Monday, May 4, 2020

Book Review: The High Priestess: The Selanian Chronicles Volume 2 by Peter Krausche

Three years have passed since the events portrayed in The Rose in the first volume of the Selanian Chronicles. Melina's sister, the former High Priestess, has vanished, and Melina's husband Talas is riddled with guilt because he believes he's to blame for her disappearance. Together, he and Melina decide to travel to the Forbidden Planet in the hope of finding her. Melina's friend, the High Priestess Tamenisa Larutas, has a bad feeling about the trip and tries to dissuade Melina from going. But Tamenisa is also hoping to gain Melina's help in her battle against the sinister forces at work in the Advisory Council. She knows her own troubled past is an overwhelming obstacle in this struggle, and if she can't find some answers and get herself under control, she fears all might be lost.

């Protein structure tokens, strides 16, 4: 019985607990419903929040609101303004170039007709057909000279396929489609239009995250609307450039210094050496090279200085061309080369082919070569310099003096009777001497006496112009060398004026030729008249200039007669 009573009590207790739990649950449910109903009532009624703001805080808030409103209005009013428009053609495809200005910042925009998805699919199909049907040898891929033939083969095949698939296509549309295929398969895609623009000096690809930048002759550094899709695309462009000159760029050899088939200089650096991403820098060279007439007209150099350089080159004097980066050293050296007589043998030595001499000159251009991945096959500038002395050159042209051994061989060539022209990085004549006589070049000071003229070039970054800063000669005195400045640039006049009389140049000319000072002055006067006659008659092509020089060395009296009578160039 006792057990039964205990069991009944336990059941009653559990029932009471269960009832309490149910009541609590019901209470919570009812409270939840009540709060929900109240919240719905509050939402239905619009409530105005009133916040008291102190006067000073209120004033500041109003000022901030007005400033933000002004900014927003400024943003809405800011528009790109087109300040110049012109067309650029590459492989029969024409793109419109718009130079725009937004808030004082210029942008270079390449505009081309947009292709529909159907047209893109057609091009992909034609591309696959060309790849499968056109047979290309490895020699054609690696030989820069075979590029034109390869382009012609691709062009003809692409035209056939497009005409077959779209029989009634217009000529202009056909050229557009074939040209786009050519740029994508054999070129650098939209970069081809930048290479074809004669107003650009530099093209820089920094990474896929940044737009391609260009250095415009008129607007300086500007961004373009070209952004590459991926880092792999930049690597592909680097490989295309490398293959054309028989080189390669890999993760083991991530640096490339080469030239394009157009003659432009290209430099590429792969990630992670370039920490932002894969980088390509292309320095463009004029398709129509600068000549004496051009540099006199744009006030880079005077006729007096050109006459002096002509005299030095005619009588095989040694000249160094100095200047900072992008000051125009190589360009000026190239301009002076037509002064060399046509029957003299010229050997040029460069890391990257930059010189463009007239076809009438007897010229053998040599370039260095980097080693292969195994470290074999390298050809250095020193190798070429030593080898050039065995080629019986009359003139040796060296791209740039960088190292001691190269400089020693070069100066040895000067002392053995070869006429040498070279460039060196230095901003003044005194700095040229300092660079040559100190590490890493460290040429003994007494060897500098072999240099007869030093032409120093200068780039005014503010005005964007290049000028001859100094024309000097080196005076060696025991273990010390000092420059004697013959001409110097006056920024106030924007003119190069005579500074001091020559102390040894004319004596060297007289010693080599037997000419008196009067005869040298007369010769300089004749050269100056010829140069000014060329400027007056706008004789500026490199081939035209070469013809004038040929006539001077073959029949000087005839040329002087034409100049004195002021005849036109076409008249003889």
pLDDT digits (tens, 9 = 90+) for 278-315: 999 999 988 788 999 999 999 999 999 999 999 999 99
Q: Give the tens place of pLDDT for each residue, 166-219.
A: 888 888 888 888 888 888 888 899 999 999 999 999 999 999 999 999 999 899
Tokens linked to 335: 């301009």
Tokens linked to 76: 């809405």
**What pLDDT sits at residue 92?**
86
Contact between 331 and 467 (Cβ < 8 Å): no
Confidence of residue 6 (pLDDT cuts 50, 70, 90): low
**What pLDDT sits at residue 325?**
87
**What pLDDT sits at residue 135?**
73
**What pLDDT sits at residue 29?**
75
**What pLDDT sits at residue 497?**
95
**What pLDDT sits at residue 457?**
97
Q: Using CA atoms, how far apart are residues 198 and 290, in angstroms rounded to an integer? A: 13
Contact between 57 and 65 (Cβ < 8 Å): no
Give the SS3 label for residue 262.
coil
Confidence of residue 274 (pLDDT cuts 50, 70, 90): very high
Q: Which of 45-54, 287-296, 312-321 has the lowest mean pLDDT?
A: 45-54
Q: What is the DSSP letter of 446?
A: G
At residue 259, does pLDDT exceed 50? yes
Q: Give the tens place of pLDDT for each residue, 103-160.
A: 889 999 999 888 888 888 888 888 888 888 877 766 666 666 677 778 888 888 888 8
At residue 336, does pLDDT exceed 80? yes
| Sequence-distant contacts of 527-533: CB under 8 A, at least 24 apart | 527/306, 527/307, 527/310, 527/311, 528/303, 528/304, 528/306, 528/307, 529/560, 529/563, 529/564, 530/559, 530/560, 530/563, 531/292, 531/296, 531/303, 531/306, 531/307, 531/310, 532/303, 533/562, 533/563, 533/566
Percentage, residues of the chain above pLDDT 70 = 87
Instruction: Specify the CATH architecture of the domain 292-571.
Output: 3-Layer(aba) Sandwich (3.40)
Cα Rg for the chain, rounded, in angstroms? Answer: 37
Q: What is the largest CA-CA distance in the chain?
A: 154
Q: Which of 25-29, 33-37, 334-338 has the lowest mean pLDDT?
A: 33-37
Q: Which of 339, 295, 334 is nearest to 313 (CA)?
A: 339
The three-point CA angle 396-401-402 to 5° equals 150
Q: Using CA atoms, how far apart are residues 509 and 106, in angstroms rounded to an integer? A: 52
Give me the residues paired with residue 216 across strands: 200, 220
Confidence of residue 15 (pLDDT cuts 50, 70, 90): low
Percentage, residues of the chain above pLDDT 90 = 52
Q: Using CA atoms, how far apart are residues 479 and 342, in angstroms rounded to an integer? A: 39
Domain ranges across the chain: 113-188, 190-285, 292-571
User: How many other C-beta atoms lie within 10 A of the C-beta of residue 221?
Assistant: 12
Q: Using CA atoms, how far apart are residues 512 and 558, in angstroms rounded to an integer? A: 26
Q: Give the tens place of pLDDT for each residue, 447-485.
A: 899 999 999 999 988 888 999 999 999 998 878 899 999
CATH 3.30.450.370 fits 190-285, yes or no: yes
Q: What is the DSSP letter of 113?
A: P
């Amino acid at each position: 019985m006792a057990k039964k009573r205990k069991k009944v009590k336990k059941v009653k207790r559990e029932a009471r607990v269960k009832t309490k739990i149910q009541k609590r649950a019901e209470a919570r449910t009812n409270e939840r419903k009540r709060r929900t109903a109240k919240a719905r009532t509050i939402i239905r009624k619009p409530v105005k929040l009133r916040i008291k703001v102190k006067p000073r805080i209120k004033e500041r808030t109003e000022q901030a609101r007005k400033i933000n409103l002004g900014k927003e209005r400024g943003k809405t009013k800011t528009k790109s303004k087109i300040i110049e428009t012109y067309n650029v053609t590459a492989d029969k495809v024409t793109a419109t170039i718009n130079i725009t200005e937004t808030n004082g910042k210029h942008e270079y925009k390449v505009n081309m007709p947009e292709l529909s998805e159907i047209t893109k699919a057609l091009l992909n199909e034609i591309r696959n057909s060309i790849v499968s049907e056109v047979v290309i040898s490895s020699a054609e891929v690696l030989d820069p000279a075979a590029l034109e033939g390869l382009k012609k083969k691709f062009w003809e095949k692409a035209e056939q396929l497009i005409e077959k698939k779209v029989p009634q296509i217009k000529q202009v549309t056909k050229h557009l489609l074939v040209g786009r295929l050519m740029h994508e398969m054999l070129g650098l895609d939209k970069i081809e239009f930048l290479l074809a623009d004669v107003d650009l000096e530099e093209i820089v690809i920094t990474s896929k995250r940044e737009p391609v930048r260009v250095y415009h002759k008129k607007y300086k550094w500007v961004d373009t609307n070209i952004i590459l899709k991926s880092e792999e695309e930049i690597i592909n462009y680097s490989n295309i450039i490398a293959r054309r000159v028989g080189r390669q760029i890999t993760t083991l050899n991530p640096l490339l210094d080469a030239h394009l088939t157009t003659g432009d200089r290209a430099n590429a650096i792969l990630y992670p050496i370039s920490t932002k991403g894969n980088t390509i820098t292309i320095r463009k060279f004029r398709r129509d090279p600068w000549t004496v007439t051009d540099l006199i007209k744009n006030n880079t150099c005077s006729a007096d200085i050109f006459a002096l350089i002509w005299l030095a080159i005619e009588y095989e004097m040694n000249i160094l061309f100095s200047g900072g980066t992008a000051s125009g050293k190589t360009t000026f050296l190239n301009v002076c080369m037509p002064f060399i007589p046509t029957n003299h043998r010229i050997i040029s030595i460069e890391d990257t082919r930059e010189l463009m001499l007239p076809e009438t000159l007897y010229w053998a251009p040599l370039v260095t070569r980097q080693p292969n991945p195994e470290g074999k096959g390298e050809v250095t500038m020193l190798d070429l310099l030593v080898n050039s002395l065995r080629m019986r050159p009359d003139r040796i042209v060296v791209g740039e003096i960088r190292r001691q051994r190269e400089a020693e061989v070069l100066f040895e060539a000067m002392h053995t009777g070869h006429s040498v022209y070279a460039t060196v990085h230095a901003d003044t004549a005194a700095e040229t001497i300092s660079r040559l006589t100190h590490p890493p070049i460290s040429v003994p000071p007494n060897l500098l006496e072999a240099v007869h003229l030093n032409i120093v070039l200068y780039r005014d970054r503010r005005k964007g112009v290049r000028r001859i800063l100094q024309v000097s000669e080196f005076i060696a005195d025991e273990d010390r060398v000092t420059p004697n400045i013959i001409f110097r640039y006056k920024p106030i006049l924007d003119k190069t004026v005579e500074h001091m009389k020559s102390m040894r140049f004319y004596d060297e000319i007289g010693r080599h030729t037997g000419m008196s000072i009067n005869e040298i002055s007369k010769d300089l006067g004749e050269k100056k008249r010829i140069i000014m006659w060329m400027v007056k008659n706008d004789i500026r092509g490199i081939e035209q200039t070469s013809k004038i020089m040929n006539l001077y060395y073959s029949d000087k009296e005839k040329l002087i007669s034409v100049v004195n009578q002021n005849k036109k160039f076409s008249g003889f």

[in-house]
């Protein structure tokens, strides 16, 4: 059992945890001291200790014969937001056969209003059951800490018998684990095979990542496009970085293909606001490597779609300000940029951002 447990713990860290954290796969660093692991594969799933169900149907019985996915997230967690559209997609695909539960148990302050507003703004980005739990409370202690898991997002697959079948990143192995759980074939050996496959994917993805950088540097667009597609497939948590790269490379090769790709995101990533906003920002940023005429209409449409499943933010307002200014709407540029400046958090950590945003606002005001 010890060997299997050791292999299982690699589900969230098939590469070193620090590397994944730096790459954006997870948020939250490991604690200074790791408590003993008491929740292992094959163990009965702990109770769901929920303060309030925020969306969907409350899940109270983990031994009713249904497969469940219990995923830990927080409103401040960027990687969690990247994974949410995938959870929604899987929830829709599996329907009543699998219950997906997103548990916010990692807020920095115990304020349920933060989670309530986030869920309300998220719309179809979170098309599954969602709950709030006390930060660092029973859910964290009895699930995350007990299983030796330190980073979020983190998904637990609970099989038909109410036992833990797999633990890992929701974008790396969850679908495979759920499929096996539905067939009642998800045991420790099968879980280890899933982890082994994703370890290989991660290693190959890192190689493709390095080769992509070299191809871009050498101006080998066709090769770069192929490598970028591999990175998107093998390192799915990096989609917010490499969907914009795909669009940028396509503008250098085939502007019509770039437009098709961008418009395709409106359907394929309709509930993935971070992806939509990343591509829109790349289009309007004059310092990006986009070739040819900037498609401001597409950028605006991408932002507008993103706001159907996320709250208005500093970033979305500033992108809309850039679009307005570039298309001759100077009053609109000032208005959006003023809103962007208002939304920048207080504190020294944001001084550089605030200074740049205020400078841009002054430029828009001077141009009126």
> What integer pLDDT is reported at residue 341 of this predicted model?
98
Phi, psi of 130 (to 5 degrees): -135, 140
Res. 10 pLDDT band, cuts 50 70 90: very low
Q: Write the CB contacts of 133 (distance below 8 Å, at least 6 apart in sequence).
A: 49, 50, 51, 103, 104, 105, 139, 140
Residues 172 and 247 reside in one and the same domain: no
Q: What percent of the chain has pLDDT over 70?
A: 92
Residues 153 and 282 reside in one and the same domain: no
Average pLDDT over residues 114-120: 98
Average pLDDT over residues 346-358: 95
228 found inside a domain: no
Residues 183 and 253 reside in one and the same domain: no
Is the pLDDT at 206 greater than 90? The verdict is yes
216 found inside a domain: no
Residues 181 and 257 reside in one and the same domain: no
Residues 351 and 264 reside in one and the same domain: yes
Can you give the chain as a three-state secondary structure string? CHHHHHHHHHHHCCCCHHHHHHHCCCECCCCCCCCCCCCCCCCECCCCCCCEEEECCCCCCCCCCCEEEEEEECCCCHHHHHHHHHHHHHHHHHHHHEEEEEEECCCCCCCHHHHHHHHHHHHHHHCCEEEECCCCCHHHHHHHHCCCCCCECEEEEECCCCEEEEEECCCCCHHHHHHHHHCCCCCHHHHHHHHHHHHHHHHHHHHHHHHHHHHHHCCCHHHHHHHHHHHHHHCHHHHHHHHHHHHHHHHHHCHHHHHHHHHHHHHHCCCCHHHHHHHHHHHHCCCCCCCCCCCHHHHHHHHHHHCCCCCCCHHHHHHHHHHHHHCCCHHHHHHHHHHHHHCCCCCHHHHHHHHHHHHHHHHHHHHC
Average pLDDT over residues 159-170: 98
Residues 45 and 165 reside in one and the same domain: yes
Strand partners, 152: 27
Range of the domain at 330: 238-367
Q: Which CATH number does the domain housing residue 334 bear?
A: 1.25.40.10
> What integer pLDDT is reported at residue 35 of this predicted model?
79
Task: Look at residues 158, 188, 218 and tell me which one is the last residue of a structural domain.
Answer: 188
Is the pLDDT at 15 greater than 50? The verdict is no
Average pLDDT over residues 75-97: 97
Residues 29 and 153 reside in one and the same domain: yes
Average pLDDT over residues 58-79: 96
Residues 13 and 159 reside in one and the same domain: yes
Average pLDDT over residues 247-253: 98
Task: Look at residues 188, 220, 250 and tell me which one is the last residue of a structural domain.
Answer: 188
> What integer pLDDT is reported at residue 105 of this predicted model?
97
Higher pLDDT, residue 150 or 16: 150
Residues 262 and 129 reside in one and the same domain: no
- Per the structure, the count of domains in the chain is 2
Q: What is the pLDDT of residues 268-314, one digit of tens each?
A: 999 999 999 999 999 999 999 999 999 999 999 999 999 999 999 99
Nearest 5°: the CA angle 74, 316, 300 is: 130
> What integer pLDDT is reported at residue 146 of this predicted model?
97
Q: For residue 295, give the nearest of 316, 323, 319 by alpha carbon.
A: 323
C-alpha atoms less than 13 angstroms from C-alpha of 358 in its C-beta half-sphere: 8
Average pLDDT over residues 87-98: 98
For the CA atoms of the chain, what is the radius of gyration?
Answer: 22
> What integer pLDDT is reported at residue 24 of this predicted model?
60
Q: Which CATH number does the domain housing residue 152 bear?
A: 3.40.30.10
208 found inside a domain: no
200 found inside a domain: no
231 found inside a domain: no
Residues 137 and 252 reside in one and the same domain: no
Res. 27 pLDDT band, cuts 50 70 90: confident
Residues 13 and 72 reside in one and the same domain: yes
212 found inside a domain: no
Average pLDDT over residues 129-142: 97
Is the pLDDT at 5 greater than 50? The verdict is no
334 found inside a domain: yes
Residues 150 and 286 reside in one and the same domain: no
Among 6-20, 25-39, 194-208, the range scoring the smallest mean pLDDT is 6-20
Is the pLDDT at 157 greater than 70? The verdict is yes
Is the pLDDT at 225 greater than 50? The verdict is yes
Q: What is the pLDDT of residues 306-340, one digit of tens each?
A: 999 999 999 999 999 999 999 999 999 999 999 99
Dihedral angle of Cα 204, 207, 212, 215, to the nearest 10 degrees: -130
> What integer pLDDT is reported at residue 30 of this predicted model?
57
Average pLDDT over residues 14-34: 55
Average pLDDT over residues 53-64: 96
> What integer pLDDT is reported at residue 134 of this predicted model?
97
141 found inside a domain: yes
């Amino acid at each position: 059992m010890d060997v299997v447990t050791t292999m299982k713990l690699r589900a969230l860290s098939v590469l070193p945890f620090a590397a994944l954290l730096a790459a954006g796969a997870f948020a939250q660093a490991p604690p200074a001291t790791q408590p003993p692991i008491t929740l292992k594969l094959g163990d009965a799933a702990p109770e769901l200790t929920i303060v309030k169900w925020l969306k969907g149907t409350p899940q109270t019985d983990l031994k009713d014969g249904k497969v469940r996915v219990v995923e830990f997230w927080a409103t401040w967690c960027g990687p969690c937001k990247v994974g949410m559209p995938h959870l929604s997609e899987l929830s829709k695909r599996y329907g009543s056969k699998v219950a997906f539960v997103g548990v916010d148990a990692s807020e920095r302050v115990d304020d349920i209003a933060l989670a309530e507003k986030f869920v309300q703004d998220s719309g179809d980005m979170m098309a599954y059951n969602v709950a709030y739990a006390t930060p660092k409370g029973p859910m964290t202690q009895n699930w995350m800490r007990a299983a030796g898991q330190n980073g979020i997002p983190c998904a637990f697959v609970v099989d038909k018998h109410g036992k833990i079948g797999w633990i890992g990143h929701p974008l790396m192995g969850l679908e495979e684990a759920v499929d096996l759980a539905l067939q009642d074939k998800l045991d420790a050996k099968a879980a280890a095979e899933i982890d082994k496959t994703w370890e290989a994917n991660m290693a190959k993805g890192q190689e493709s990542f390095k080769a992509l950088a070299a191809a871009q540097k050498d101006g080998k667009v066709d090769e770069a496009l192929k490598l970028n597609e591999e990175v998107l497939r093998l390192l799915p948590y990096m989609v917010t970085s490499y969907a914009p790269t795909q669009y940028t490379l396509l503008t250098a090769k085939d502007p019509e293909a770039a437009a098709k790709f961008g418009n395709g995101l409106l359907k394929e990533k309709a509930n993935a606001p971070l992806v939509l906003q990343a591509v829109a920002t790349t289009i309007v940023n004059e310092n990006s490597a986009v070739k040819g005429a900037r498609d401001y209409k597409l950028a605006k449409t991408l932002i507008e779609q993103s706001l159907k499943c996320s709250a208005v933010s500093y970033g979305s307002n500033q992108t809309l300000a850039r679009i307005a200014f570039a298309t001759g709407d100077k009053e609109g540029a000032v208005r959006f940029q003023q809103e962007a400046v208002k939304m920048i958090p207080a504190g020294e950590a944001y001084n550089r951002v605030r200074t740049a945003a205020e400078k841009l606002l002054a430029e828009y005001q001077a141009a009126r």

After the tragic events of The Emissary on the planet Piral, Nova, Catyana, and Vilam are on their way to Tolares to participate in the upcoming conference. The main goal of the conference is to defuse the increasing tensions between the eastern and western provinces before the situation escalates into a full-fledged war. But most people are attending because the conference is also the debut of the mysterious new High Priestess, who was chosen after the assassination of the former High Priestess and whose identity has been kept secret to protect her and her loved ones from a similar fate as her predecessor.